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For reasons that are unclear, sales of soft-top and al fresco vehicles have traditionally been proportionately greater in northern climes, such as the United Kingdom and Germany, for example, than in Southern California or Italy.

Maybe it's because when the sun finally does break through in countries where it rains half the time, people want to take full advantage of it. Maybe motorists in sunny locales are just too blasé about the sunshine.

Whatever the reason, Audi and Volkswagen have taken full advantage of the situation. VW has had a convertible of one type or another in its lineup for at least 50 years, while Audi introduced its A4 Cabriolet in 2002. Two years after that, it debuted the high-performance S4.

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But the S4 Cabriolet was not a convertible, according to Audi. Apparently, it was - and still is - "a year-round German performance sedan" that also happened to offer an open-air driving experience. Incidentally, VW says the same thing about its Eos convertible.

The first edition of the S4 Cabriolet was also one of Audi's "halo" cars. In other words, it showcased the company's technology and was meant to heighten the desirability of the brand.

Power was amply provided by a 4.2-litre V-8 that developed an impressive 340 horsepower at 7,000 rpm, and you could mate it to either a six-speed manual or six-speed Tiptronic automatic transmission. This engine was also used in the A6 and A8 sedans.

When you slid behind the wheel of the S4 Cabriolet, you had an immensely fast car on your hands; one that could rocket from 0 to 100 km/h in well under six seconds. And it made beautiful sounds in the process - almost like a muffled Formula One race car. Unsurprisingly, it could get you into trouble with the law before you could say "cabriolet."

And here's a little technical highlight for gearheads: the V-8 powerplant in the '04 S4 was made to fit into its rather cramped engine bay by replacing the front drive-belts with chains and relocating them to the back of the engine - against the firewall.

To distinguish it from the garden-variety A4 Cabriolet, the S4 also had a slightly different grille treatment, redesigned bumpers, discreet chrome exhaust tips and, of course, the S4 badging.

It was about 30 millimetres lower to the ground, and featured stiffer spring rates and thicker front and rear stabilizer bars. To save weight, the trunk lid was made from plastic composites and housed the radio antenna.

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And, being an Audi, it also came with the company's trademark Quattro all-wheel-drive, which made the S4 almost as fast through the snow and gravel as it was in a straight line. Regardless of the road surface, the S4 Cabriolet was as much a sports car as it was a performance convertible: toss-able and rock-steady at high speeds.

Inside, you were greeted by Audi's Nappa leather interior, with a climate control system, seating for four, a rear wind deflector, Bose stereo system and one of the most tastefully appointed cockpits in the industry all coming standard. Heated front seats were likewise standard equipment in Canada.

The power top, which was double-lined with a heated glass rear window, deployed in one touch in about 20 seconds, and there were no windows to wind down or latches to release. You just hit the console-mounted button, and Bob was your uncle.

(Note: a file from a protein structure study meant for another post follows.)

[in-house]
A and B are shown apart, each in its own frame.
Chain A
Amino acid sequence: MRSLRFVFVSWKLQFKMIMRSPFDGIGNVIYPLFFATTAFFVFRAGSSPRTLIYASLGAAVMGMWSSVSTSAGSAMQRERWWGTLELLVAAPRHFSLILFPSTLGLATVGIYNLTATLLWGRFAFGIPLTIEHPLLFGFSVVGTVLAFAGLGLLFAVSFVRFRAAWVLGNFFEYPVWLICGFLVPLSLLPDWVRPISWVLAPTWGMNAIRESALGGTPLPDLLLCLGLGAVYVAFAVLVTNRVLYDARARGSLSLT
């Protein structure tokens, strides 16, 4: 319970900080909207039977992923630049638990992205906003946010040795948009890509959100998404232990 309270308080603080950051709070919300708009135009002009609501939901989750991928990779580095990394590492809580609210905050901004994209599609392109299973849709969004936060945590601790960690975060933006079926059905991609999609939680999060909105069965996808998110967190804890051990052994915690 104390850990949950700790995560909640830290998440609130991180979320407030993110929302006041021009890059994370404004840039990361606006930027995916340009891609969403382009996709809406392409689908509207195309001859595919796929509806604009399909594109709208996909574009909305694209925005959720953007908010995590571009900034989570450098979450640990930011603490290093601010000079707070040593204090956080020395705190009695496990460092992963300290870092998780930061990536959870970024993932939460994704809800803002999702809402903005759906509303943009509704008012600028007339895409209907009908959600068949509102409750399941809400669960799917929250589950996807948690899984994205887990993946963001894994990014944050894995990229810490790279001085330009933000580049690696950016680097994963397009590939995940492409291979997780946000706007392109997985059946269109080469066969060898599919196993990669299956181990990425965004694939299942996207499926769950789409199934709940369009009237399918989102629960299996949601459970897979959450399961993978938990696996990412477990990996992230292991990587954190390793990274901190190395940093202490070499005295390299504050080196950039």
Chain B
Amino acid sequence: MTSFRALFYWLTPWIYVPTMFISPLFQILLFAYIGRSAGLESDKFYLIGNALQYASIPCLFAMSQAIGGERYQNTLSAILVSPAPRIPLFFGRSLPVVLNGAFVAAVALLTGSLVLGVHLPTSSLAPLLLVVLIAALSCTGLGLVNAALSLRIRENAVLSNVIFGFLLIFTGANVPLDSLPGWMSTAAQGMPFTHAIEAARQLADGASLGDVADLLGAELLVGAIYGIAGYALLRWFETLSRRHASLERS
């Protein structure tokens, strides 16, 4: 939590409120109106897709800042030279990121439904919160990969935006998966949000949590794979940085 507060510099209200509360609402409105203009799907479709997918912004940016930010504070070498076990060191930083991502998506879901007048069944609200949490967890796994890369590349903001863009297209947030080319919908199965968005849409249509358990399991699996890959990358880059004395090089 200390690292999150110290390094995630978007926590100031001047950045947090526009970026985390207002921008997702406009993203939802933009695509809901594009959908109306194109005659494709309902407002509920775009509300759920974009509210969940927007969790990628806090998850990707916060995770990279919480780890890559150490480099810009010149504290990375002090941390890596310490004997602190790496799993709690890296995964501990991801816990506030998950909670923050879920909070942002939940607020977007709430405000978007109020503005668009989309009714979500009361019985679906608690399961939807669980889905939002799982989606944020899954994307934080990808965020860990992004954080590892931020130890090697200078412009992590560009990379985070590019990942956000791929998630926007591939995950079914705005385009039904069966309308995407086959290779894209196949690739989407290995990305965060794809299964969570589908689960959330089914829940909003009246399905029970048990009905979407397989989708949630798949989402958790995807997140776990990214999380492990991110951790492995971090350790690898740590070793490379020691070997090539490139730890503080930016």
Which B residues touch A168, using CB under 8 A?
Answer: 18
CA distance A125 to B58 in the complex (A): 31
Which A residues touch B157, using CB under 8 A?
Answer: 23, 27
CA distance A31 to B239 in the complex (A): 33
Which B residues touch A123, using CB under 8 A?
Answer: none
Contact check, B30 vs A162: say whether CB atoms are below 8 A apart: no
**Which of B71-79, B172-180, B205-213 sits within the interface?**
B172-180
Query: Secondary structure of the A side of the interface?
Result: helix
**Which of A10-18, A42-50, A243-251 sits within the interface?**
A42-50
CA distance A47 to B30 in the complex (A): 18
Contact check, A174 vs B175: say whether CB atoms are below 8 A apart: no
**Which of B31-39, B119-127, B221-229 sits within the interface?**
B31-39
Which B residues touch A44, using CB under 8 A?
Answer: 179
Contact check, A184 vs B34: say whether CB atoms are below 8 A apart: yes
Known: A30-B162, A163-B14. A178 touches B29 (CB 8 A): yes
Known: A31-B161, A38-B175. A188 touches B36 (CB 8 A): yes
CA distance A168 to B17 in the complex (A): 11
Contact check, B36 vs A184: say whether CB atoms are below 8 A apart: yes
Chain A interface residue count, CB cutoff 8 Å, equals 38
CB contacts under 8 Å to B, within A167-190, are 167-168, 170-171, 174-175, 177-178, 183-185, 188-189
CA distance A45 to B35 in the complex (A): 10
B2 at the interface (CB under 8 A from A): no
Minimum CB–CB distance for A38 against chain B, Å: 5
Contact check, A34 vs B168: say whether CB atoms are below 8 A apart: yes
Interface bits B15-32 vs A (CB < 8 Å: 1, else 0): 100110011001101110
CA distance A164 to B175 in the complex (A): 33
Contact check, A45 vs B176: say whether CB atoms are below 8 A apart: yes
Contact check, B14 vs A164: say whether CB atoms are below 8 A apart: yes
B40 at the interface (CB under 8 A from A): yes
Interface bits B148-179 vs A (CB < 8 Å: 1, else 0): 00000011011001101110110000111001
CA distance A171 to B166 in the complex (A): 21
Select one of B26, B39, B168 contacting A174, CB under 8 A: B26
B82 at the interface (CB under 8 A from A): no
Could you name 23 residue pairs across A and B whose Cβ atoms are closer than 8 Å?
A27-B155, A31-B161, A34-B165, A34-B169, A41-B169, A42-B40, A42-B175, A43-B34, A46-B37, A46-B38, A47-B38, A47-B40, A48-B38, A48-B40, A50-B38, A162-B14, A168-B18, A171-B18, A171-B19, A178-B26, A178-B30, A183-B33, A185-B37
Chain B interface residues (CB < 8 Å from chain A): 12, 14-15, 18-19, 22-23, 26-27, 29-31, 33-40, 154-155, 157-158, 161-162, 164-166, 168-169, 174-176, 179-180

Safety equipment included front airbags, oversize side airbags that were mounted in the door frame and an automatic rollover protection system that deployed if you turned turtle.

None of this came cheap. In 2004, the S4 Cabriolet retailed for well over $81,000, with another $1,600 for the Tiptronic automatic transmission option.

You could also order a DVD-based navigation system, tire-pressure monitoring system and a heated rear seat, among other things.

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These days, you'll part with around $29,000 for a five-year-old S4 Cabriolet, depending upon equipment level and whether it has the Tiptronic gearbox. That's quite a drop from its original MSRP of $81,350.

Consumer Reports magazine is lukewarm about this vintage of Audi, giving the S4 Cabriolet mixed reviews for things like the fuel and cooling systems. It does like the engine, transmission, brakes and paint quality, however. Most of this organization's remarks and grades apply to the S4 sedan as well.

Ditto with market research company J.D. Power, which doesn't have a lot of data on file for the S4 Cabriolet. Based on information collected for the A4 sedan, J.D. Power gives this model "about average" predicted reliability.

Given its original high price tag, the S4 almost qualifies for exotic car status and potential buyers should bear in mind that the chances are pretty good the car has been run hard and put through its paces on a regular basis.

There's just one safety recall from Transport Canada to report. It's a fairly minor glitch involving possibly faulty Xenon headlight deflectors. Dealers will correct the problem, gratis.

The U.S. National Highway Traffic Safety Administration has this on file as well, and a mere four technical safety bulletins. Two of these involve cooling system issues, one is for improperly torqued wheel lug-nuts, and the fourth is a service advisory for aiming the headlights.

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Original Base Price: $81,350; Black Book Value: $29,300; Red Book Value: $28,400

Engine: 4.2-litre V-8

Horsepower/Torque: 340 hp/302 lb-ft

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Transmission: Six-speed manual/automatic

Drive: All-wheel-drive

Fuel Economy (litres/100 km): 15.8 city/10.2 highway (manual transmission); premium gas

Alternatives: BMW M3, Mercedes CLK 55, Jaguar XKR

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